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Venezuela Announces Migration Force to Stem Border Crossings

By: Zoe Whitehouse
Impunity Watch Reporter, South America

CARACAS, Venezuela — In a televised address this past Friday, Venezuela announced plans to implement a police force to strengthen its border security. According to Vice President Delcy Rodriguez, this Migration Force will help monitor and control the thousands of citizens fleeing Venezuela.

Since 2015, millions of Venezuelans have left amid economic turmoil and political instability. Shortages of consumer goods, increasing inflation, and a drastic drop in international oil prices has generated economic insecurity for a once prosperous nation.

Colombian aid agency assisting migrant children. Photo Courtesy of Luisa Gonzalez.

In early 2014, protestors lead anti-government demonstrations to combat the economic crisis, which lead to repressive tactics by the government of President Nicolás Maduro. Venezuela’s draconian response has garnered international attention by organizations such as Amnesty International and Human Rights Watch.

On September 26, 2018, six countries, including neighboring Colombia, filed a petition with the International Criminal Court (ICC) for human rights violations in Venezuela. Days later, France joined the petition. The ICC petition alleges President Maduro’s government committed generalized and systematic attacks, known as the Zamora Plan, against civilians from 2014 to 2015 for subversive activity.

Generalized attacks included arbitrary detentions, murders, extrajudicial executions, torture, sexual abuse and rape. Reports indicate the government’s systematic attacks comprised of arresting young men between the ages of fifteen and thirty without due process protection. Anyone who resisted arrest faced automatic execution by the government. In the petition, a UN panel of experts have verified that Venezuela’s repressive tactics constituted crimes against humanity.

Venezuelan refugees in Northern Colombia. Photo Courtesy of Greg Kahn of National Geographic.

Many have equivocated the mass exodus of Venezuelans to neighboring countries such as Brazil, Columbia, and Peru, with the Mediterranean refugee crisis. In the past fifteen months alone, over one million Venezuelans have relocated to Colombia. To assist with the Venezuelan refugee crisis, the United Nations High Commissioner for Refugees has partnered with agencies and government institutions in Bogota to provide food kitchens, temporary shelters, and medical care.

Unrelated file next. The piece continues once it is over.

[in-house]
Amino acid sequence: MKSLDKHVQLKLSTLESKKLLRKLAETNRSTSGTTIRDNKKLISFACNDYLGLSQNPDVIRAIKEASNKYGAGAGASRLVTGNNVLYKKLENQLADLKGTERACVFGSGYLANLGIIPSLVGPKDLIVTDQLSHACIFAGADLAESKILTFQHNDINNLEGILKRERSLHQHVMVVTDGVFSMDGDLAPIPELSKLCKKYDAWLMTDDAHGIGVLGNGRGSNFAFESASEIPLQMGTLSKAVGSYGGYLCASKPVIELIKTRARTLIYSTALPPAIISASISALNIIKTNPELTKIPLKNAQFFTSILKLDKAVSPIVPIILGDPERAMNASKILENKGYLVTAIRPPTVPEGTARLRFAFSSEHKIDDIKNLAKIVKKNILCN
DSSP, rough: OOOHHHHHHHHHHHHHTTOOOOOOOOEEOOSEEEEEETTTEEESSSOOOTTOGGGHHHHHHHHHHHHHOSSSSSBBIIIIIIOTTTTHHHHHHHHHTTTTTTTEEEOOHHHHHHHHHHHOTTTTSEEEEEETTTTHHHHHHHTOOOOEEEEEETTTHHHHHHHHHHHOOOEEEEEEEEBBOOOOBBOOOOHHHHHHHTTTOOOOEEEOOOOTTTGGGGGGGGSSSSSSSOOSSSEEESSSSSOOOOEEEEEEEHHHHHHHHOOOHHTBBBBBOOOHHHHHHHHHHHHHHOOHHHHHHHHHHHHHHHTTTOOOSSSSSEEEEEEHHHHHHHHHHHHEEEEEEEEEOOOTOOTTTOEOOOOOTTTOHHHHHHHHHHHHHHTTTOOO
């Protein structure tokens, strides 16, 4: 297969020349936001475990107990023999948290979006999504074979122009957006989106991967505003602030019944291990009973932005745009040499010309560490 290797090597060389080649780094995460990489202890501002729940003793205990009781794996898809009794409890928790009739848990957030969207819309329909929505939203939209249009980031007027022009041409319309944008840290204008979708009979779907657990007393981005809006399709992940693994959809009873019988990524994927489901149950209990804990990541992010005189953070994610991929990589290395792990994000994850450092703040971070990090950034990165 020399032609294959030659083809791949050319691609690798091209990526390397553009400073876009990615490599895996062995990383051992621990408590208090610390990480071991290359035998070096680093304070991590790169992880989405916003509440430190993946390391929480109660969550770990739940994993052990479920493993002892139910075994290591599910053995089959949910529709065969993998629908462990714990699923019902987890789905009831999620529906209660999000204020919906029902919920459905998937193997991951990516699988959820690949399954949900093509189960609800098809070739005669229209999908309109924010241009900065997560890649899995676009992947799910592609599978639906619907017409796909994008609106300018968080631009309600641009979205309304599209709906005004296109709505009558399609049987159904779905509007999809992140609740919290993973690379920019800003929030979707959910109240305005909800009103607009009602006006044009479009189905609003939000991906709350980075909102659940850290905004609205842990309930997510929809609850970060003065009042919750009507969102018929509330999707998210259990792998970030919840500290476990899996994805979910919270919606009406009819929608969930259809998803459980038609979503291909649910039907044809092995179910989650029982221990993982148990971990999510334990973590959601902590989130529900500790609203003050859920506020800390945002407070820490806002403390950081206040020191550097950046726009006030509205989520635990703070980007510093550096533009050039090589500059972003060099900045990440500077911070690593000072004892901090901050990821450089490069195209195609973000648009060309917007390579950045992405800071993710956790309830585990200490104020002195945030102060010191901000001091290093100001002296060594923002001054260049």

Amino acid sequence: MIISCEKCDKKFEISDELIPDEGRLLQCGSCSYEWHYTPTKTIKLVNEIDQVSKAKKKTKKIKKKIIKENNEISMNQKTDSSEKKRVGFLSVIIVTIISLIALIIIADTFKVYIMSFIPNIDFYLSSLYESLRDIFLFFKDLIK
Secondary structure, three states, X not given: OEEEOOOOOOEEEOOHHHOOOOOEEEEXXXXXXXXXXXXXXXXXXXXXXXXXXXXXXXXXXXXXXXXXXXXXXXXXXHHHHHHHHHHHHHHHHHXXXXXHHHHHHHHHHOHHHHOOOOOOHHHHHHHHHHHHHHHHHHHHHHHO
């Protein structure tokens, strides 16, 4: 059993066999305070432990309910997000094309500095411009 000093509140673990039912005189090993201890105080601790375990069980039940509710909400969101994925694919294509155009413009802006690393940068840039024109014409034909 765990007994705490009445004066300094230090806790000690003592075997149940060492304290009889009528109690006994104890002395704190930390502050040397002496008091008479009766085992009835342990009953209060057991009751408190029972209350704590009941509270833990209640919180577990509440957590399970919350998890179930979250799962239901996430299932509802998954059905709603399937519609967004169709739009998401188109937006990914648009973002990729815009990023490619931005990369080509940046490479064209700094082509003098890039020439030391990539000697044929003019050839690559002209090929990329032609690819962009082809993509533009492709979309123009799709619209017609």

In light of the growing humanitarian crisis, the Venezuelan government believes its new Migration Force will help determine that the “truth will come out and not the imperial lies that Washington wants to be sold to the world.” By monitoring the 72 official entry and exit points, as well as strengthening border control at ports, airports, and border crossings, this Migration Force will deter illegal crossings with neighboring Colombia.

Since the televised announcement this past Friday, Vice President Delcy Rodriguez has not provided any further details regarding the new border security force.

For further information, please see:

Al Jazeera — Venezuela forms Migration Force as thousands continue fleeing — 6 Oct. 2018

Americas Society/Council of the Americas — Explainer: The Case against Venezuela in the ICC — 4 Oct. 2018

International Criminal Court — International Petition — 26 Sept. 2018

Reuters — Venezuela creates migration police, new passport payment system — 5 Oct. 2018

ICC Launches Preliminary Investigation on Deportation of Rohingya from Myanmar to Bangladesh

By: Charlotte Volpe
Impunity Watch Reporter, Asia

THE HAUGE, Netherlands – The International Criminal Court stated that they will begin a preliminary investigation on the forced displacement of more than 700,000 Rohingya Muslims from Myanmar to Bangladesh. Led by ICC prosecutor Fatou Bensouda, the preliminary inquiry will examine evidence of the atrocities that the Myanmar military has committed against Rohingya Muslims in the Rakhine state of Myanmar since 2017. The military’s alleged atrocities include mass rape, murder, destruction of Rohingya villages, and deportation. These crimes have gone unacknowledged and unpunished by Myanmar’s national government.

Rohingya refugees in borderland between Myanmar and Bangladesh. Photo courtesy of Adam Dean.

Though Myanmar is not a member state of the ICC, Bensouda argues that the Court holds jurisdiction over the conflict because the Rohingya have fled to neighboring Bangladesh, which is a member of the Court. Thus, the crime of forced displacement has continued into Bangladesh, providing a means for the ICC to exert its authority over this aspect of the conflict in a member state. This move is an attempt to insert international oversight over a genocide that has been occurring with impunity in Myanmar. The international community continues to have limited ability to investigate Myanmar army’s crimes against the Rohingya in Rakhine because Myanmar has refused international humanitarian organizations entry to that particular region.